He was the most famous of all the College's servants, and served a longer time
than any other. On that account, I am giving here with slight changes a sketch of
him which I wrote soon after his death and which appeared in the Wake Forest
Student for October, 1927.
"Doctor" Tom Jeffries, the well-known College servant, died at his home in
Wake Forest on July 4, 1927, after an illness of four weeks. His funeral was in the
College chapel on July 6, with the members of the College faculty acting as
honorary pall-bearers. Talks were made by Dr. W. R. Cullom, who directed the
service, by Dr. N. Y. Gulley, Dr. J. H. Gorrell, and by Pastor Ransom of the Negro
Baptist Church of Wake Forest.
The following sketch of him is based on information furnished by Tom himself
and copied by the writer in September, 1926, and confirmed by Dr. W. B. Royall
and by Willis Johnson, Tom's colored friend who had known him from boyhood.
Tom was born about 1850, and hence at the time of his death was about seventy-
seven years old. His mother was the slave of Mr. Billy Lofman of Mecklenburg
County, Virginia, who had six sons in the Civil War, in which three of them lost
their lives. After the surrender Tom took the family name of his father who had
belonged to a man named Jeffries. Tom remained in Virginia until 1879 or 1880,
where he married his first wife, Jennie Hayes, by whom he had eight children.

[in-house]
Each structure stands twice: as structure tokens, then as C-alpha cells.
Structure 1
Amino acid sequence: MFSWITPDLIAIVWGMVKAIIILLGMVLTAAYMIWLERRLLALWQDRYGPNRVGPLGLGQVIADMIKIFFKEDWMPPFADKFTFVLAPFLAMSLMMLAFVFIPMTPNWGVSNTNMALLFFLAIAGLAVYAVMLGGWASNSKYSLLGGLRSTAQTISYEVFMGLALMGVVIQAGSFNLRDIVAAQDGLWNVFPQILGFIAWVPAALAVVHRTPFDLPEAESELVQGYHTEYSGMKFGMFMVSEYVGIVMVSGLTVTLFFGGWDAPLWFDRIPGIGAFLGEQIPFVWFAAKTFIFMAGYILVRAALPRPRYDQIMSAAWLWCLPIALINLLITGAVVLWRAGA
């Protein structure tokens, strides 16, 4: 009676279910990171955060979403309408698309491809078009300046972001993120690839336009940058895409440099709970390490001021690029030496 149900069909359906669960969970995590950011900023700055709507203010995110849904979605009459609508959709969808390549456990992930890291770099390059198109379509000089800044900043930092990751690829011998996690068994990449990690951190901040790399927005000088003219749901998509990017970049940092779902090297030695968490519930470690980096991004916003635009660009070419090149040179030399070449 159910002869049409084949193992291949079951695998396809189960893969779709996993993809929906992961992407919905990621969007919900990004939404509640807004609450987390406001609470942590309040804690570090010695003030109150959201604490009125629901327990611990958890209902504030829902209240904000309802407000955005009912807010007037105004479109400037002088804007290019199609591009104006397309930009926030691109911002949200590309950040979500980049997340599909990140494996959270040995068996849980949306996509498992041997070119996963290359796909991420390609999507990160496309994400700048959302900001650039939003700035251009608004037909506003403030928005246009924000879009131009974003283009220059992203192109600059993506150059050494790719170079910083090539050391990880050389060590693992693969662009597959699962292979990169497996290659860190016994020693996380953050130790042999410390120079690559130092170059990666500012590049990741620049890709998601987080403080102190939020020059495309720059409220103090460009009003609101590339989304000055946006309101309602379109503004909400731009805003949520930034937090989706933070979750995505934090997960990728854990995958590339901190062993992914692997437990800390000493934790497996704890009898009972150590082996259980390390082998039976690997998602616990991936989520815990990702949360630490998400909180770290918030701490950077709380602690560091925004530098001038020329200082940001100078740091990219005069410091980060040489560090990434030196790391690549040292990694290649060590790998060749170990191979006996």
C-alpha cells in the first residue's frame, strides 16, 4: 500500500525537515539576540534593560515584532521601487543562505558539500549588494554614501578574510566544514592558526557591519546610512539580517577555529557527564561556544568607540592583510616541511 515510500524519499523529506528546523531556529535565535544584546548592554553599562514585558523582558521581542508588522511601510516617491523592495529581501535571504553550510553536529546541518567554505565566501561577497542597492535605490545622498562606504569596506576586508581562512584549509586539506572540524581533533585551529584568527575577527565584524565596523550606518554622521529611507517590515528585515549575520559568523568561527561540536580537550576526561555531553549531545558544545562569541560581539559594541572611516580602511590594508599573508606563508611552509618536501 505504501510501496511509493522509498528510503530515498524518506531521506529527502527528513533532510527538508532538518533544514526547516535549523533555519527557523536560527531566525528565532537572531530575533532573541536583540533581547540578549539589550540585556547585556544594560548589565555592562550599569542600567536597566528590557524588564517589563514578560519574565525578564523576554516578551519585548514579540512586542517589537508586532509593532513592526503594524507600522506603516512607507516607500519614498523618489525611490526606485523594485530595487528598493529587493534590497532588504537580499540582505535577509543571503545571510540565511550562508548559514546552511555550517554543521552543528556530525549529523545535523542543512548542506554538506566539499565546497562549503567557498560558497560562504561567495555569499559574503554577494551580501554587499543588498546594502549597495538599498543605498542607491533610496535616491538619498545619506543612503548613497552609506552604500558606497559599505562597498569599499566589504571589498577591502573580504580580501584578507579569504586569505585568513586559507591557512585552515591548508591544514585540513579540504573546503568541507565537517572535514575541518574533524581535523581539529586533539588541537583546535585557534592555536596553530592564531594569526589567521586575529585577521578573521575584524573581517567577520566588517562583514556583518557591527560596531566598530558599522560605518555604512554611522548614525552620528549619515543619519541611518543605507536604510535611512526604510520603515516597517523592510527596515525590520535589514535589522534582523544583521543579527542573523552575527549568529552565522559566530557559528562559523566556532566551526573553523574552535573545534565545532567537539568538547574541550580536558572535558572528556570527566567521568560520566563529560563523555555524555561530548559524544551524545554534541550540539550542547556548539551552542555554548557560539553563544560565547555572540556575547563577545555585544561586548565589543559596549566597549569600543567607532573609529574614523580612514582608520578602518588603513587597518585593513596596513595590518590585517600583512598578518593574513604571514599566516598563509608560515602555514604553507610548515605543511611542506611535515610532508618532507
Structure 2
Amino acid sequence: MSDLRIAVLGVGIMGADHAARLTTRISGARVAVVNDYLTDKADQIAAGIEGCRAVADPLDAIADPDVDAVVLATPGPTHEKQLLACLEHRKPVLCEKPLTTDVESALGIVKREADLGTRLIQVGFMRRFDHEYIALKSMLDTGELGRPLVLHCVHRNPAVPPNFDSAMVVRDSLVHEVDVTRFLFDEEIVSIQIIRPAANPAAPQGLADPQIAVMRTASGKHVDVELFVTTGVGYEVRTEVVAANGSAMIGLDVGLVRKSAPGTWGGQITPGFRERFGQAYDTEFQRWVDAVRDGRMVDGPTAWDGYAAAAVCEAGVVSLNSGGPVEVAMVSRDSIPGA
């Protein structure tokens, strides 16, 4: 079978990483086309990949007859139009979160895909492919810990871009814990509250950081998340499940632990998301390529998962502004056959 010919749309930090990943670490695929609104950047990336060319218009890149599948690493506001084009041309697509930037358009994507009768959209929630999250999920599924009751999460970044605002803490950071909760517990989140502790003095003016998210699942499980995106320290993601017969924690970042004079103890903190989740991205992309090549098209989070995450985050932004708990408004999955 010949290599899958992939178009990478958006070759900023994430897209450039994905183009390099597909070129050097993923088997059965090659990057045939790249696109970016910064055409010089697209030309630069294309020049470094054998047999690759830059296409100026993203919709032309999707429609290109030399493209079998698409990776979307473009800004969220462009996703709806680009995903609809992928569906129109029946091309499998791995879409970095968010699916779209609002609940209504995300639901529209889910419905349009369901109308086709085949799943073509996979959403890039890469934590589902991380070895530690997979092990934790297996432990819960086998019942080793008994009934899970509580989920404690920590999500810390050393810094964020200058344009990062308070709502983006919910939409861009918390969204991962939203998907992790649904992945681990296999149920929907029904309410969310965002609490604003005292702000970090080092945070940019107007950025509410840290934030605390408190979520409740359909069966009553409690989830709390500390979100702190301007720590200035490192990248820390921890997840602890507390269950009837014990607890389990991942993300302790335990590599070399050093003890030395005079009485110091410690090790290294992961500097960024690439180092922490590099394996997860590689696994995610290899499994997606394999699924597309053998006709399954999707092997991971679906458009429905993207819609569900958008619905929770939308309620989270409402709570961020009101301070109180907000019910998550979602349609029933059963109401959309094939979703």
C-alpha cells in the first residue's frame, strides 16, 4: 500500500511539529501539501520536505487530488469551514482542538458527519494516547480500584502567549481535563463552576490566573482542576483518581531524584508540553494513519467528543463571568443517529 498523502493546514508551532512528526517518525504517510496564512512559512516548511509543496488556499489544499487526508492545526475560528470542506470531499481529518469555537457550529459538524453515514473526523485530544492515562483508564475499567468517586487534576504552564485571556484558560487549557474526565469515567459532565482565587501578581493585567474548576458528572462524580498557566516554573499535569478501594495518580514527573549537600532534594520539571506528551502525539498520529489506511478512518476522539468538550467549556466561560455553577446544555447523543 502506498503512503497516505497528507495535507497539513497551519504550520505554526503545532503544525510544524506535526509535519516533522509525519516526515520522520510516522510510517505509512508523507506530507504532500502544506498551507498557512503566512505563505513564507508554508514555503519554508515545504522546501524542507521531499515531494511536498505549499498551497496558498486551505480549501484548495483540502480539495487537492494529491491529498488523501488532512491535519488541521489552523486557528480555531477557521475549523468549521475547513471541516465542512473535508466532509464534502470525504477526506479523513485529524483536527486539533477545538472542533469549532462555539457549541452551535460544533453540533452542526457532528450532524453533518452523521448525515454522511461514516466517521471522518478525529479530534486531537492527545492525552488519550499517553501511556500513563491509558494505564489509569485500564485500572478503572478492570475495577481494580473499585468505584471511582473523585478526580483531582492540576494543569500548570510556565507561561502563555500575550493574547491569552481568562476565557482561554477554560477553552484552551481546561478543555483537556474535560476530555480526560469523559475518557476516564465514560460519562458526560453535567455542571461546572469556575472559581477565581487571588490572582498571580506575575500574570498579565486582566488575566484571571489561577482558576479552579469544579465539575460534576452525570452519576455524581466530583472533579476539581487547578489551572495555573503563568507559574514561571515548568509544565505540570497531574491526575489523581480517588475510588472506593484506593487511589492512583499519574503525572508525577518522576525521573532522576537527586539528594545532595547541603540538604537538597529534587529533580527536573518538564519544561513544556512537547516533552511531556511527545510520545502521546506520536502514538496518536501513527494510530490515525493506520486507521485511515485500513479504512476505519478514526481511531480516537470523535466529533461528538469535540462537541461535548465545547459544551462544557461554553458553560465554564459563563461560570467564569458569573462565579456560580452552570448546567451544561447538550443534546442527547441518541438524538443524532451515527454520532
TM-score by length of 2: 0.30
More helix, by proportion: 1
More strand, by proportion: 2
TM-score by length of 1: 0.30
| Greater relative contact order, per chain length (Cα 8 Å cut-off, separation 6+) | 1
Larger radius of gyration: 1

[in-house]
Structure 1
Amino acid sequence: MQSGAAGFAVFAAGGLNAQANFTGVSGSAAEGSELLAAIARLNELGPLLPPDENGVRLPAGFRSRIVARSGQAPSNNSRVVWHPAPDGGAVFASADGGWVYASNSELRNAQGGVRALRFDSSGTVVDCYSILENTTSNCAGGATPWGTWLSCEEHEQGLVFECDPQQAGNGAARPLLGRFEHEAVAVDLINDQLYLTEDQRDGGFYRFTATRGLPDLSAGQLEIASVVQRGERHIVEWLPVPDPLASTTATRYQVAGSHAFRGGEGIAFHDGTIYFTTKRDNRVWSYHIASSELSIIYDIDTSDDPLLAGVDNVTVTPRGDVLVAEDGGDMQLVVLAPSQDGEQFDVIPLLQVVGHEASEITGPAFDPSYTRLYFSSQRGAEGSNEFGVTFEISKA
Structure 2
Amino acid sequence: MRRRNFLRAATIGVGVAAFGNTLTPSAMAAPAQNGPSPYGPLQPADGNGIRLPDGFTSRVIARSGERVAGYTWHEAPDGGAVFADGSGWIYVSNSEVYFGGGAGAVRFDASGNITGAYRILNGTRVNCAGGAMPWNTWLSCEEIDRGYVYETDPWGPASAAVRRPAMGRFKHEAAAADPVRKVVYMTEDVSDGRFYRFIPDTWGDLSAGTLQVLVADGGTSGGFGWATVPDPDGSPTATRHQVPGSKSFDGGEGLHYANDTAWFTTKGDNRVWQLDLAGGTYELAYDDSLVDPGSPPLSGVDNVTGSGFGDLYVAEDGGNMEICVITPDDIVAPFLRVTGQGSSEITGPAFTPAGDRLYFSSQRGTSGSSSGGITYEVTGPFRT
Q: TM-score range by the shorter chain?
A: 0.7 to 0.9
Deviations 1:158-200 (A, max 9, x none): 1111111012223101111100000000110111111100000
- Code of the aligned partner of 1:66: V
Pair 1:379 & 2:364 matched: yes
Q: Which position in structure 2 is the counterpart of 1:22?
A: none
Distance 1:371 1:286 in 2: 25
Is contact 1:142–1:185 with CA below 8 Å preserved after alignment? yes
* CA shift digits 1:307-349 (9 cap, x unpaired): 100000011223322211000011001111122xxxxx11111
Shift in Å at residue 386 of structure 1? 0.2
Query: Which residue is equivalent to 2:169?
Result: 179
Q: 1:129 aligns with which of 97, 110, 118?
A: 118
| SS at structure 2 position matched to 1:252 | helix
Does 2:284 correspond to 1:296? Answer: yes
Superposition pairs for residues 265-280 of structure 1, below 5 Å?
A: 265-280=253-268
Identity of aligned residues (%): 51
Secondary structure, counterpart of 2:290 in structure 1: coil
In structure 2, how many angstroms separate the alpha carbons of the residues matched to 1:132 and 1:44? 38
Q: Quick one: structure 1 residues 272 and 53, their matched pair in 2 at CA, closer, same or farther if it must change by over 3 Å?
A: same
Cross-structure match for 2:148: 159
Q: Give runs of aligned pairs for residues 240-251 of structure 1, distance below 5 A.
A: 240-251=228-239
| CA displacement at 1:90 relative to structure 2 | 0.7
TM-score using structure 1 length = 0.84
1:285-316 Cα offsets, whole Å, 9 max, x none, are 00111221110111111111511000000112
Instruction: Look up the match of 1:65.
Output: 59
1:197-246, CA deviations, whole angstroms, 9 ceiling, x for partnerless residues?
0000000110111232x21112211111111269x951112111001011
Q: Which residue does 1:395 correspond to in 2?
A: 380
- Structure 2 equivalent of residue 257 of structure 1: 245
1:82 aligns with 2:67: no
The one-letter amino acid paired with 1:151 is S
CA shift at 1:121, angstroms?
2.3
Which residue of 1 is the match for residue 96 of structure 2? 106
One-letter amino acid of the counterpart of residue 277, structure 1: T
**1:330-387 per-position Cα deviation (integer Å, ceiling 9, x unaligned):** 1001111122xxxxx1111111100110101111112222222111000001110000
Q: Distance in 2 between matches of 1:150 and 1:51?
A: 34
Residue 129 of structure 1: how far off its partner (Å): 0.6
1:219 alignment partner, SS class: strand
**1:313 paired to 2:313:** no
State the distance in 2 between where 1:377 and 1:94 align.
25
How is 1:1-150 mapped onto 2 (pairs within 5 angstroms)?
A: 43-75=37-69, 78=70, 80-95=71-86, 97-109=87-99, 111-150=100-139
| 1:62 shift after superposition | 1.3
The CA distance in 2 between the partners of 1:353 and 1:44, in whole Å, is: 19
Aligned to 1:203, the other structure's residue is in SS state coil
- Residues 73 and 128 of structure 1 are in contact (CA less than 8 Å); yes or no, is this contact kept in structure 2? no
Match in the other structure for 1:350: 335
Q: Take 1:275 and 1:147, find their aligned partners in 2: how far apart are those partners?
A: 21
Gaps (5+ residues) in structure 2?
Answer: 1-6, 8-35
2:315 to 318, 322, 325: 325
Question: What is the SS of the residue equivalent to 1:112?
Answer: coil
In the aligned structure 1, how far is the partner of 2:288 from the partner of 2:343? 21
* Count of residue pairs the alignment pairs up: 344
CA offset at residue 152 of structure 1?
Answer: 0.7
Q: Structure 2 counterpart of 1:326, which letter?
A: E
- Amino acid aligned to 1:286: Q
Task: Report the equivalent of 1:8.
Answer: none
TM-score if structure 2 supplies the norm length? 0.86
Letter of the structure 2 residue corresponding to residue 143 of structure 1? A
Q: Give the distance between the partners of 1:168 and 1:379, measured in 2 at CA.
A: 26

While in Virginia he was a tenant farmer. When he reached Wake Forest he found
Dr. Pritchard president of the College. Tom worked as a day laborer for several
years. In 1883 he worked for Dr. W. B. Royall.
From 1884 to 1927, for 43 years, he worked continuously for Wake Forest
College, the periods of his service coinciding almost exactly with that of the
administration of Dr. Charles E. Taylor and Dr. William Louis Poteat. According to
Tom, he was "lected to take charge of the grounds, the setting of trees and cutting of
walks" by Dr. Taylor. He also had the main part in building the wall around the
eastern half of the campus.
When Tom began to work for the College, John Lewis was already here,
"cleaning buildings and ringing the bell," a work which he kept up "until he failed,"
when this work was taken up by Len Crenshaw, who entered the service of the
College about a year later than Tom;
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